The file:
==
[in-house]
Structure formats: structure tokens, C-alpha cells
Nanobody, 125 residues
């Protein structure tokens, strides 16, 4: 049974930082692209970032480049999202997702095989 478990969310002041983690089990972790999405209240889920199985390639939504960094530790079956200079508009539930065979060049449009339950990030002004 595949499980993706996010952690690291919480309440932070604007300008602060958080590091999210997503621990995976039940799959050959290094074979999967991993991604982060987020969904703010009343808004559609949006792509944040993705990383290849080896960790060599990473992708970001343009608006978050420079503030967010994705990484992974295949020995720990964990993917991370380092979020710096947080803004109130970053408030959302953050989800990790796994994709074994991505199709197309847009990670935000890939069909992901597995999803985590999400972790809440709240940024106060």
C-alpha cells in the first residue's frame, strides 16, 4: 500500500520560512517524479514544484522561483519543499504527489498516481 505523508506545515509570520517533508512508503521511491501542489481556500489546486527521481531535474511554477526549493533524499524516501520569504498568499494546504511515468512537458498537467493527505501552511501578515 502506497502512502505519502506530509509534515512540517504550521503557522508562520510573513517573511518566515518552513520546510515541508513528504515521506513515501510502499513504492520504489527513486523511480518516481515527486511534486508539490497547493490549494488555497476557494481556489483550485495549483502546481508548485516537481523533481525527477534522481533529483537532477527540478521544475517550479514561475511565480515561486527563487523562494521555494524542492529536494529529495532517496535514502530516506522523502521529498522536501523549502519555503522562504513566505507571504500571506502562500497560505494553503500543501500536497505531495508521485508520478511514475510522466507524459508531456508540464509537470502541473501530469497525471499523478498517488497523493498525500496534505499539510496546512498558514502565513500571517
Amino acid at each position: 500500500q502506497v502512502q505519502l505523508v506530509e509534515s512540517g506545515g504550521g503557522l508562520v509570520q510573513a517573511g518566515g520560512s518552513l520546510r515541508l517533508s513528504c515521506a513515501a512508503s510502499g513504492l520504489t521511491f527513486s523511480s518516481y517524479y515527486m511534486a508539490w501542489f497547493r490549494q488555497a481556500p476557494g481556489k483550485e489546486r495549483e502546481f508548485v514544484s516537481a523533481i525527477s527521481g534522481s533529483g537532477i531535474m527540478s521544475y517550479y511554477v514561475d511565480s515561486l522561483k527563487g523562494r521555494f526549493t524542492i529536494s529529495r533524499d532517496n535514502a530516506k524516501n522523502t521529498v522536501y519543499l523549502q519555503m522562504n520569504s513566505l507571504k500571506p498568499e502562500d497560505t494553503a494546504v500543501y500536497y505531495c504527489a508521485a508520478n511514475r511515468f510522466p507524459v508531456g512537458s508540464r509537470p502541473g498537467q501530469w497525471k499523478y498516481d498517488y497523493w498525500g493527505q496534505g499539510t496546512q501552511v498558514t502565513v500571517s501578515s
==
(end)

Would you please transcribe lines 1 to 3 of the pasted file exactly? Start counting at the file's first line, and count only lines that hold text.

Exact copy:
[in-house]
Structure formats: structure tokens, C-alpha cells
Nanobody, 125 residues